This European Standard exists in three official versions (English, French, German). A version in any other language made by translation
under the responsibility of a CEN member into its own language and notified to the CEN-CENELEC Management Centre has the same
status as the official versions.

CEN members are the national standards bodies of Austria, Belgium, Bulgaria, Croatia, Cyprus, Czech Republic, Denmark, Estonia,
Finland, Former Yugoslav Republic of Macedonia, France, Germany, Greece, Hungary, Iceland, Ireland, Italy, Latvia, Lithuania,
Luxembourg, Malta, Netherlands, Norway, Poland, Portugal, Romania, Slovakia, Slovenia, Spain, Sweden, Switzerland, Turkey and United
Kingdom.





EUROPEAN COMMITTEE FOR STANDARDIZATION
COMITÉ EUROPÉEN DE NORMALISATION

EUROPÄISCHES KOMITEE FÜR NORMUNG

CEN-CENELEC Management Centre: Avenue Marnix 17, B-1000 Brussels
© 2014 CEN All rights of exploitation in any form and by any means reserved Ref. No. EN 15063-1:2014 E
worldwide for CEN national Members.

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EN 15063-1:2014 (E)
Contents Page

Foreword .3
Introduction .4
1 Scope .5
2 Principle .5
3 Terms and definitions .5
4 Instrumentation .7
4.1 Principles of X-ray fluorescence spectrometers .7
4.2 X-ray tubes .8
4.3 Vacuum system.9
4.4 Test sample spinner .9
4.5 Filters .9
4.6 Collimators of slits. 10
4.7 Analysing crystals . 10
4.8 Counters . 11
4.9 Simultaneous and sequential Instruments . 12
5 Sampling and test sample preparation . 12
6 Evaluation methods . 12
6.1 General . 12
6.2 Dead time correction . 12
6.3 Background correction . 13
6.4 Line interference correction models. 13
6.5 Inter-element effects correction models . 13
7 Calibration procedure . 14
7.1 General . 14
7.2 Optimizing of the diffraction angle (2θ) . 15
7.3 Selecting optimum conditions for detectors . 15
7.4 Selecting optimum tube voltage and current . 15
7.5 Selecting minimum measuring times . 15
7.6 Selecting calibration samples . 15
7.7 Selecting drift control and recalibration samples . 16
7.8 Measuring the calibration samples . 16
7.9 Regression calculations . 16
8 Method validation (accuracy and precision) . 16
9 Performance criteria . 17
9.1 General . 17
9.2 Precision test . 17
9.3 Performance monitoring . 17
9.4 Maintenance . 17
10 Radiation protection . 18
Annex A (informative) Example of calculating background equivalent concentration, limit of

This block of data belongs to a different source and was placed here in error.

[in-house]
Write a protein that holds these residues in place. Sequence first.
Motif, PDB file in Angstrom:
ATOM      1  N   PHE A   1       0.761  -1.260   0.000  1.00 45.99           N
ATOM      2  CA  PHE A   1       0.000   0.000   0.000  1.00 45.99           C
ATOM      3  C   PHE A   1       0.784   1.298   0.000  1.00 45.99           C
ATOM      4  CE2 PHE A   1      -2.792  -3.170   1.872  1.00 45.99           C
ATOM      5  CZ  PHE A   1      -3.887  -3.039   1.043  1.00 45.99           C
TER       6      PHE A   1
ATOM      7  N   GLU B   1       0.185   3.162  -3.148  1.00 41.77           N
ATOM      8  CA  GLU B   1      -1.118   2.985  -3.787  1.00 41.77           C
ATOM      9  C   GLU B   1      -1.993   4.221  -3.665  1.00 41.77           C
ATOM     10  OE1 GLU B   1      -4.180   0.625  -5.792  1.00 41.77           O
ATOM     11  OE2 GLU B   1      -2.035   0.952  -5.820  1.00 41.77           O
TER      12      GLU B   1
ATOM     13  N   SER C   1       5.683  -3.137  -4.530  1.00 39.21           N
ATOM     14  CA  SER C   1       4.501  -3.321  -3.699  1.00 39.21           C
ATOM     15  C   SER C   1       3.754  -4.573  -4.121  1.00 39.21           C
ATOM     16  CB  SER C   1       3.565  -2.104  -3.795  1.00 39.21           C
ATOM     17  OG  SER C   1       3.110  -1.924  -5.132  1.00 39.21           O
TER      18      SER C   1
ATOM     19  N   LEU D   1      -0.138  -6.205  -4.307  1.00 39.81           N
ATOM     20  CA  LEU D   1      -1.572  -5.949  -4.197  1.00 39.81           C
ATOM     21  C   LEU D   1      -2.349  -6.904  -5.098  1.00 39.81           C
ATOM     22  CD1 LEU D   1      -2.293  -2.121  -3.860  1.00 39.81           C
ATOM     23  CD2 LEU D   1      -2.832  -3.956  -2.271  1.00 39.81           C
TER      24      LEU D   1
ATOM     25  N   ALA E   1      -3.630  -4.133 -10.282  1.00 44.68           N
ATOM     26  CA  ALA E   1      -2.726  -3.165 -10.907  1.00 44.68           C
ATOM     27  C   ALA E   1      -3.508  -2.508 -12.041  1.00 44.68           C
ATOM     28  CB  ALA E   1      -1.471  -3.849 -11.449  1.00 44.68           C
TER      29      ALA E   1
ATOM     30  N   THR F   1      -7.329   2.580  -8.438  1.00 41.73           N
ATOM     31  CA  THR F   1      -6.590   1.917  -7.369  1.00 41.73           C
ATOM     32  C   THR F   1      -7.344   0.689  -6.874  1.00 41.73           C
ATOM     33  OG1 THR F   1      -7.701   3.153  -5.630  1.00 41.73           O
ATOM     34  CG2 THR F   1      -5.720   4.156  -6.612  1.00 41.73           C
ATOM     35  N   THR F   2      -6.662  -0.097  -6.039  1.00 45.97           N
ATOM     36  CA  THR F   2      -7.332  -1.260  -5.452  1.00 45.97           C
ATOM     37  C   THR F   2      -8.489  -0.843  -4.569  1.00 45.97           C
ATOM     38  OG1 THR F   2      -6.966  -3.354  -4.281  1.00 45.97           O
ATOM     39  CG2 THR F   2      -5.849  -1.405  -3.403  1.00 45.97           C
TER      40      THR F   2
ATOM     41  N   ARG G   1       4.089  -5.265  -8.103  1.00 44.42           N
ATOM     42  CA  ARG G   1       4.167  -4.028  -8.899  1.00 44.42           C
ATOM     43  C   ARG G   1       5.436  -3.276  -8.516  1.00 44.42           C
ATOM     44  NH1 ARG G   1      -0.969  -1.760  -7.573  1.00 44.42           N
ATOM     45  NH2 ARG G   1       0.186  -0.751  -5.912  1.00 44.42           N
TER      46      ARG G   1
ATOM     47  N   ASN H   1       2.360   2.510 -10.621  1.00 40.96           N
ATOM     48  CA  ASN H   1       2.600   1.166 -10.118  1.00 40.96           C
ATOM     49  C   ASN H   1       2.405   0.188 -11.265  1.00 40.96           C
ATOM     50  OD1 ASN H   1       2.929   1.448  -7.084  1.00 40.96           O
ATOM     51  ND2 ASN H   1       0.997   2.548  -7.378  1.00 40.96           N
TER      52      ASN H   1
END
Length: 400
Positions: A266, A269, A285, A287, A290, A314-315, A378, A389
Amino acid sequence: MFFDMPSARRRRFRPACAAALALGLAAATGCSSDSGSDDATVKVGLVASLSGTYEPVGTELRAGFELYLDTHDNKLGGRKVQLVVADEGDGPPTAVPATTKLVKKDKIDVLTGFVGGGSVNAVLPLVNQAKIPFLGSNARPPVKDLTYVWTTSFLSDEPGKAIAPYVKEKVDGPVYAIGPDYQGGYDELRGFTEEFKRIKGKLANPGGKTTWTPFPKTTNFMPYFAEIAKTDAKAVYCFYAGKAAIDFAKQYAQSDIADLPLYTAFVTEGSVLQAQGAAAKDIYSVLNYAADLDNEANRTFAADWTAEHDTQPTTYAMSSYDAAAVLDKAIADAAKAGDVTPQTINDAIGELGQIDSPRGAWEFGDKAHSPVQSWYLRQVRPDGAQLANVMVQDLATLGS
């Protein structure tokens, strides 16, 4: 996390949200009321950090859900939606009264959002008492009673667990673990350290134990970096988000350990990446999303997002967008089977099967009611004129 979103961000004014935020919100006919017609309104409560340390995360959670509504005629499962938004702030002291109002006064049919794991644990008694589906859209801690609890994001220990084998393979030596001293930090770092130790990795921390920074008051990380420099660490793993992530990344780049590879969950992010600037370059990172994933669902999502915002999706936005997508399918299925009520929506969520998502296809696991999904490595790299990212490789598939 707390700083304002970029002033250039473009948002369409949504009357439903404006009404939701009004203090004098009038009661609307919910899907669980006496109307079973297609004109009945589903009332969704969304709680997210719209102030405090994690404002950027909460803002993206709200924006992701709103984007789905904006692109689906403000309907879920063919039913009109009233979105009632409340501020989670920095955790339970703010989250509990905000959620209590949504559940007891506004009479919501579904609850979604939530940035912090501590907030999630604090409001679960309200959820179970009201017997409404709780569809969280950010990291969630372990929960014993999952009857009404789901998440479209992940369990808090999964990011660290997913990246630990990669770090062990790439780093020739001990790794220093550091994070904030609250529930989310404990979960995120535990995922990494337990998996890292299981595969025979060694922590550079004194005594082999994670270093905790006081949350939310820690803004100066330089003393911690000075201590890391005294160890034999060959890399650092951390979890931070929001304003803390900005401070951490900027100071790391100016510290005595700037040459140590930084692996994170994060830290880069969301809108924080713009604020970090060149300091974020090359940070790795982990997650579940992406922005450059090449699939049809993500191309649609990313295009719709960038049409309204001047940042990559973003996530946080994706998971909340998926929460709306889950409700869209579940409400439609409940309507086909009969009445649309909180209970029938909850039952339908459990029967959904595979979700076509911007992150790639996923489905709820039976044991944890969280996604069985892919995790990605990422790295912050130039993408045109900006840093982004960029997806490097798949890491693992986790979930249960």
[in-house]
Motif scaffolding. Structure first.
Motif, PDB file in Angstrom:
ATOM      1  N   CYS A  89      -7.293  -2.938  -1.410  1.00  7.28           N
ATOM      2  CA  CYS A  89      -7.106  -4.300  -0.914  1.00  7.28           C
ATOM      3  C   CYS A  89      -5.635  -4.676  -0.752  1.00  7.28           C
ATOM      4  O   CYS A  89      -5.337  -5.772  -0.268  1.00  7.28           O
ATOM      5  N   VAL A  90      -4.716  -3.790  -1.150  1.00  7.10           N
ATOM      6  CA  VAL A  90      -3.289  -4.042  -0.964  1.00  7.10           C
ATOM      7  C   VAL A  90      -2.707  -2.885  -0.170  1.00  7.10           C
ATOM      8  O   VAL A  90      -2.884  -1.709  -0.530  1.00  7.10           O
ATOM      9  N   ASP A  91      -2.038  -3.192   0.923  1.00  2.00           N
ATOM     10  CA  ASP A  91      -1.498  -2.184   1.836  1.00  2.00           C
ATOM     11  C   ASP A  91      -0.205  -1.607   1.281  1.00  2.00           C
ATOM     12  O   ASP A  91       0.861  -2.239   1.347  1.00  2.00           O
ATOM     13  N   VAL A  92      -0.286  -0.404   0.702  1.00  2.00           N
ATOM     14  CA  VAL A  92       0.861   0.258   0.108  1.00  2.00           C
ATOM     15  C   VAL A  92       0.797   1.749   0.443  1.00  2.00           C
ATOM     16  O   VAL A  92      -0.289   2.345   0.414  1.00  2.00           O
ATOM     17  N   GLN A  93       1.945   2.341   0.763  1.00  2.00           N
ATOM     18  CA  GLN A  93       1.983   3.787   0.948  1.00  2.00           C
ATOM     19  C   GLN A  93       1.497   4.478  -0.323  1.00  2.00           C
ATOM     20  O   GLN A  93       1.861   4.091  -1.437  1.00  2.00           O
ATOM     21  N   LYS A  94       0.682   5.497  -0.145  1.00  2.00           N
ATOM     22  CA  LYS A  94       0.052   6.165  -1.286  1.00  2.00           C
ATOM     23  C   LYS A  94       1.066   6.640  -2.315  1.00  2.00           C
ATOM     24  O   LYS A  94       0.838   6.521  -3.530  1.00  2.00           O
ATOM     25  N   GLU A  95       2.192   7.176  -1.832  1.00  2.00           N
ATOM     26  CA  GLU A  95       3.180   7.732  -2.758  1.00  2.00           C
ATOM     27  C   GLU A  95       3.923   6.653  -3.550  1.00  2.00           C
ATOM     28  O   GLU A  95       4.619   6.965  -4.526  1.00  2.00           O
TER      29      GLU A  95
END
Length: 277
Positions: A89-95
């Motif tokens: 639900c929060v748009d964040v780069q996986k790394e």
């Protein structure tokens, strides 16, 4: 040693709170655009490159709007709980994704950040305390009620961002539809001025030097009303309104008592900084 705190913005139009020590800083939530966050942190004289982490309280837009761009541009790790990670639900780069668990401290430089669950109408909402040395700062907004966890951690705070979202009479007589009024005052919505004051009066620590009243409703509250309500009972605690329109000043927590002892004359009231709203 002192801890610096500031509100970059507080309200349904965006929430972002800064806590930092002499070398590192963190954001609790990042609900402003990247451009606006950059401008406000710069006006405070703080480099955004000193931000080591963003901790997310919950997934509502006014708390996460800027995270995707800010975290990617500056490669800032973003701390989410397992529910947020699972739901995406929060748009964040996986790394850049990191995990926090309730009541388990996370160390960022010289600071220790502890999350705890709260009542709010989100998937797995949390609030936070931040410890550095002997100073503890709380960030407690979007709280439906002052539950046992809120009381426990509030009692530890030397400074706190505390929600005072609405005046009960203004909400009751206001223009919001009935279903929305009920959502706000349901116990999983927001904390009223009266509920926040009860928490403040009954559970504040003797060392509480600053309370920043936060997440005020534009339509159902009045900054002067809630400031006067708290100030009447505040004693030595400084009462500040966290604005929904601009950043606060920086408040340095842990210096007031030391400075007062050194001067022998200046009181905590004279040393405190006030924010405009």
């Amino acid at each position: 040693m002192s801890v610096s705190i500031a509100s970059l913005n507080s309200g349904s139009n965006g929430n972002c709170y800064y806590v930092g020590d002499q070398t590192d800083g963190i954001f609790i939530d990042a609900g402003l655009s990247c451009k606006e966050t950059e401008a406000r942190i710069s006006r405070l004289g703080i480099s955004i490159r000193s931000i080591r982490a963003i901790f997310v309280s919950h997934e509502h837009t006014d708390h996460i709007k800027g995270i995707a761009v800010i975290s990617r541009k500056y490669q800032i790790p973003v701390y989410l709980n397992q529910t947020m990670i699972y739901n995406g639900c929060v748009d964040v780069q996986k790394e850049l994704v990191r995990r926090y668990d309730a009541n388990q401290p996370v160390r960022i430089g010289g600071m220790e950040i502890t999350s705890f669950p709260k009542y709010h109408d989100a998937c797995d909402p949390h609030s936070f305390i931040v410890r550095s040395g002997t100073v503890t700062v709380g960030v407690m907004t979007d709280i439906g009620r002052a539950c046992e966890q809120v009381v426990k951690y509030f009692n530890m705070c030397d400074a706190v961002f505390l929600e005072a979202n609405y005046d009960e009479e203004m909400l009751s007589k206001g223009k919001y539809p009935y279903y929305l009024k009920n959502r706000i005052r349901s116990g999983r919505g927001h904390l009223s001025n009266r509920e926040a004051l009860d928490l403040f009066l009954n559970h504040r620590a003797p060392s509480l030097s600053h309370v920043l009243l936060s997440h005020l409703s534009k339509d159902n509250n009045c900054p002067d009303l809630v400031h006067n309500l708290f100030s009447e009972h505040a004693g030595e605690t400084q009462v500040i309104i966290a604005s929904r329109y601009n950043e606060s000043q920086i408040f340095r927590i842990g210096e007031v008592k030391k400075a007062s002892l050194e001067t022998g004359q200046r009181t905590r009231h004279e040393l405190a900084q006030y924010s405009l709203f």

detection, limit of quantification and lower limit of detection . 19
Annex B (informative) Example of calculating line interference of one element to another . 21
Annex C (informative) Example of performance criteria obtained under repeatability conditions . 22
Bibliography . 23

2

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Foreword
This document (EN 15063-1:2014) has been prepared by Technical Committee CEN/TC 133 “Copper and
copper alloys”, the secretariat of which is held by DIN.
This European Standard shall be given the status of a national standard, either by publication of an identical
text or by endorsement, at the latest by June 2015 and conflicting national standards shall be withdrawn at the
latest by June 2015.
Attention is drawn to the possibility that some of the elements of this document may be the subject of patent
rights. CEN [and/or CENELEC] shall not be held responsible for identifying any or all such patent rights.
This document supersedes EN 15063-1:2006.
Within its programme of work, Technical Committee CEN/TC 133 requested CEN/TC 133/WG 10 “Methods of
analysis” to revise the following standard:
EN 15063-1:2006, Copper and copper alloys — Determination of main constituents and impurities by
wavelength dispersive X-ray fluorescence spectrometry (XRF) — Part 1: Guidelines to the routine method
This is one of two parts of the standard for the determination of main constituents and impurities in copper and
copper alloys. The other part is:
EN 15063-2, Copper and copper alloys — Determination of main constituents and impurities by wavelength
dispersive X-ray fluorescence spectrometry (XRF) — Part 2: Routine method
In comparison with EN 15063-1:2006, the following changes have been made:
a) Definition 3.1 and 3.2 modified;
b) Clause 5 modified;
c) Editorial modifications have been made.
According to the CEN-CENELEC Internal Regulations, the national standards organizations of the following